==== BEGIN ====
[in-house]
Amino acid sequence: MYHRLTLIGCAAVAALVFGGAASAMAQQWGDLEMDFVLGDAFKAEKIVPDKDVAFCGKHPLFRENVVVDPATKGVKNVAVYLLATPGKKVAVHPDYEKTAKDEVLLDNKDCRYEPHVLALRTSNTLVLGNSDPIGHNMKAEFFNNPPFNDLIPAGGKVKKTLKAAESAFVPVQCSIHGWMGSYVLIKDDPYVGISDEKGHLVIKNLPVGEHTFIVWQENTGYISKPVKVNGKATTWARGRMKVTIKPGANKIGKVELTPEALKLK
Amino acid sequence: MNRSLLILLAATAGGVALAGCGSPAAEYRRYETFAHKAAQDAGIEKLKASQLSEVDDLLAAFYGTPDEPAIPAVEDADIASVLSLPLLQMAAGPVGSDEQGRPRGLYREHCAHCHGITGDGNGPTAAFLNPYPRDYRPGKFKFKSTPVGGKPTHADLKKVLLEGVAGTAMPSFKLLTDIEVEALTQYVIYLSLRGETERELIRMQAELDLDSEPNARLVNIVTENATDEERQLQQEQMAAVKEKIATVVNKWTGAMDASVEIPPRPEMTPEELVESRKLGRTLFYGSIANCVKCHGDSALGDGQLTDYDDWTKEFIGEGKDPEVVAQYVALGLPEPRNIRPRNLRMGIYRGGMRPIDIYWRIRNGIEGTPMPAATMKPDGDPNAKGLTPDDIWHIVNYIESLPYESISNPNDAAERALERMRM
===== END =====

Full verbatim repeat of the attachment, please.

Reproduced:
[in-house]
Amino acid sequence: MYHRLTLIGCAAVAALVFGGAASAMAQQWGDLEMDFVLGDAFKAEKIVPDKDVAFCGKHPLFRENVVVDPATKGVKNVAVYLLATPGKKVAVHPDYEKTAKDEVLLDNKDCRYEPHVLALRTSNTLVLGNSDPIGHNMKAEFFNNPPFNDLIPAGGKVKKTLKAAESAFVPVQCSIHGWMGSYVLIKDDPYVGISDEKGHLVIKNLPVGEHTFIVWQENTGYISKPVKVNGKATTWARGRMKVTIKPGANKIGKVELTPEALKLK
Amino acid sequence: MNRSLLILLAATAGGVALAGCGSPAAEYRRYETFAHKAAQDAGIEKLKASQLSEVDDLLAAFYGTPDEPAIPAVEDADIASVLSLPLLQMAAGPVGSDEQGRPRGLYREHCAHCHGITGDGNGPTAAFLNPYPRDYRPGKFKFKSTPVGGKPTHADLKKVLLEGVAGTAMPSFKLLTDIEVEALTQYVIYLSLRGETERELIRMQAELDLDSEPNARLVNIVTENATDEERQLQQEQMAAVKEKIATVVNKWTGAMDASVEIPPRPEMTPEELVESRKLGRTLFYGSIANCVKCHGDSALGDGQLTDYDDWTKEFIGEGKDPEVVAQYVALGLPEPRNIRPRNLRMGIYRGGMRPIDIYWRIRNGIEGTPMPAATMKPDGDPNAKGLTPDDIWHIVNYIESLPYESISNPNDAAERALERMRM